Q: The coronavirus pandemic decimated the tourism industry Kaua‘i and the state are so reliant upon. Should Kaua‘i County make economic diversity a priority, and if so, how?

We cannot achieve economic diversification if the next generation can’t afford to live here. You can’t take a risk on starting a business if you can’t afford rent. And a primary barrier for many businesses right now is attracting and retaining employees — which stems at least partially from the high cost of housing. While I think that the state and federal governments can play an important role in helping to directly subsidize agriculture and domestic manufacturing — for the county I see our primary role in stimulating the economy as reducing the cost of housing, investing in vibrant and walkable town cores, reducing zoning barriers to small home-based businesses and ensuring that real farmers are paying very-minimal property taxes.

Q: Kaua‘i continues to look for a new landfill site, years after its search began. The clock is ticking: The Kekaha landfill is currently projected to reach capacity in Jan. 2027. What is your preferred solution?

With the proposed Ma‘alo landfill site rejected by the state Department of Transportation because of concerns around the impact of birds on our airport, the county is beginning the process of siting a new landfill. However, the process to site and build a new one is expected to take just as long — or slightly longer — than the lifespan of our existing landfill.

This is one of the most major issues that we face on Kaua‘i. If we run out of room at the Kekaha landfill without a new landfill ready to go, we may be forced to temporarily ship our waste off island at incredible cost to taxpayers.

The answer is diversion, diversion, diversion. Construction of a materials recovery facility, curbside recycling, diverting commercial food waste to composting facilities and a recycling facility for construction and demolition debris — all of these need to simultaneously be pursued to extend the life of our landfill long enough to enable the siting and construction of a new facility. And, by pursuing these, we can also save taxpayers money and reduce our greenhouse gas emissions.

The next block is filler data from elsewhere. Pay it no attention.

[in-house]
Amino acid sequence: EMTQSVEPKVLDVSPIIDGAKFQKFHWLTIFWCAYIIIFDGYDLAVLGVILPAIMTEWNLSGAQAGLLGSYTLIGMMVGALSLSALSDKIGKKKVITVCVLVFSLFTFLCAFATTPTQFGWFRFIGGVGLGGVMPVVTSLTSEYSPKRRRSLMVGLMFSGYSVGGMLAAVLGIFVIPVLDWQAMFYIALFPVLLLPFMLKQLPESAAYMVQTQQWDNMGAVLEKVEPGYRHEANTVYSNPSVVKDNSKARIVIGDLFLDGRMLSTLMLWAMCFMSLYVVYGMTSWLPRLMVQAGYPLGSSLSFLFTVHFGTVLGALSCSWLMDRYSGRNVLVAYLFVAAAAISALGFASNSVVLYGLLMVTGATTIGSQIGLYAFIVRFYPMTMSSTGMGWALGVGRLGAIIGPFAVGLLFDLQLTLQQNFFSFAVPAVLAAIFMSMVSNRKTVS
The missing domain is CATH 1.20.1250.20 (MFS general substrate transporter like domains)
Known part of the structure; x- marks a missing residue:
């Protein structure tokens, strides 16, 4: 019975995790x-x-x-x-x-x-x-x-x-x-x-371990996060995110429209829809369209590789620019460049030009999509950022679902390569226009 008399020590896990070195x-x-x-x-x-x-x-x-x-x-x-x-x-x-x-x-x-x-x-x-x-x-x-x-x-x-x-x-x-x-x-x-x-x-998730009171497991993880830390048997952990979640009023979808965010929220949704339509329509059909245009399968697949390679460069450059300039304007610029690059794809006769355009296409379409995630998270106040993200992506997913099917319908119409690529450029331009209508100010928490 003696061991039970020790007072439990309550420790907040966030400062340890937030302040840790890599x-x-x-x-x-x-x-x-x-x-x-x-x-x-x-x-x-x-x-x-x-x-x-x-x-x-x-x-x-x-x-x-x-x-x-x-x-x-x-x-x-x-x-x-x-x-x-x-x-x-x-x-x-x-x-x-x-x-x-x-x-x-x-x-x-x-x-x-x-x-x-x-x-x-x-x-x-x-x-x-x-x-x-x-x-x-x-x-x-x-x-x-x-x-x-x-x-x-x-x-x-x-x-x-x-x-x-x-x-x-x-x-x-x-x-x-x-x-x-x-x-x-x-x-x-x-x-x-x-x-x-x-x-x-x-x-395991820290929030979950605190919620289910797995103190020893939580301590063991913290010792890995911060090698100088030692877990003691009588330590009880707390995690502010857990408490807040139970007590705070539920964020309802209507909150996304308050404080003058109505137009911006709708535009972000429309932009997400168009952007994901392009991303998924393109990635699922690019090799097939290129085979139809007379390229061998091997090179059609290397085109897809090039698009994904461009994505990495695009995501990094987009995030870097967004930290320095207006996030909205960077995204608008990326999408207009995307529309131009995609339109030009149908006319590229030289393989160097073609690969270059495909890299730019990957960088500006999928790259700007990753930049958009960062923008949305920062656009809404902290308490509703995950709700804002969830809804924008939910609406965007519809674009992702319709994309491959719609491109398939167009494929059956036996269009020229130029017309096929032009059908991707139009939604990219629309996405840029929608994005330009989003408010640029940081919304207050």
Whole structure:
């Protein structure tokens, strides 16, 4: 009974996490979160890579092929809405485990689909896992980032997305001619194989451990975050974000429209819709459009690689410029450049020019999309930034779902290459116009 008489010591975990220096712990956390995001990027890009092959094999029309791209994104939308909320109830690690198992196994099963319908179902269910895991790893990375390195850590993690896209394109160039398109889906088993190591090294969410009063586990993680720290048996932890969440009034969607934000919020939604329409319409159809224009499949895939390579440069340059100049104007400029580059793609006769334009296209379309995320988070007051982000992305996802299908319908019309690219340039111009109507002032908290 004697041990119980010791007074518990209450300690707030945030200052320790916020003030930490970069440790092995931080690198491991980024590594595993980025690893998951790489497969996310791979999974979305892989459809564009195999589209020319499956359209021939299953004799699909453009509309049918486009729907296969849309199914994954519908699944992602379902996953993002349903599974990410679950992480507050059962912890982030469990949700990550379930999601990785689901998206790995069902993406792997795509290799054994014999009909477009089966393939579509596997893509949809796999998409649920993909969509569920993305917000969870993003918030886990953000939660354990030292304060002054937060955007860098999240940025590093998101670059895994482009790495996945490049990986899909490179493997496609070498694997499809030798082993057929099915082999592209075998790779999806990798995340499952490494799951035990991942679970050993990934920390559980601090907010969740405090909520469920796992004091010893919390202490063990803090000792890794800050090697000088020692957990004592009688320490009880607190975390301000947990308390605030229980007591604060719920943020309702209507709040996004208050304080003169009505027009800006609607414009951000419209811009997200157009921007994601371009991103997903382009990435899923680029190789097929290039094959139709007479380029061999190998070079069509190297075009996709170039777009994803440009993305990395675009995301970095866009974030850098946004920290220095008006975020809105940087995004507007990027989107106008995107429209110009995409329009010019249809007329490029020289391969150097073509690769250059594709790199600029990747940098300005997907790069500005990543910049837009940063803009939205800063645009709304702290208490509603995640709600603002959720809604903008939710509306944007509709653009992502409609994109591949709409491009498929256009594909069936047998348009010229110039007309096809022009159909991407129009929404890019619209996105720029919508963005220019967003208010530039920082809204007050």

Q: What is driving you to seek election or re-election, and why should voters give you their vote?

On Kauaʻi, we face a number of deep and interwoven problems: home prices are too high, good jobs are too hard to find, carbon emissions are changing our climate and threatening our coast, and traffic is overwhelming both our infrastructure and our patience. Some of these problems have festered so long it may feel as if we’re powerless to change them.

Too often, we see these problems framed as outside the control of local government. The end result is that nothing changes, the status quo triumphs, and we’re all left with the feeling that comprehensive solutions simply do not exist. I have no illusions about the difficulty of addressing these challenges, and I don’t claim there are easy solutions. But I do believe that local government can do more.

I’m running for office because I believe there are solutions. Our land and how we use it is at the heart of all these issues. And while the County Council may be limited in some aspects of island governance, I am confident that we have the tools as a county to reduce the cost of housing while transitioning to a zero-carbon economy — and to do it all while improving our quality of life and strengthening our communities.

Serving Kaua‘i these last four years has been the greatest honor of my life, and through the work we have accomplished I hope that I’ve earned your trust and support to continue the job.
Source: The Garden Island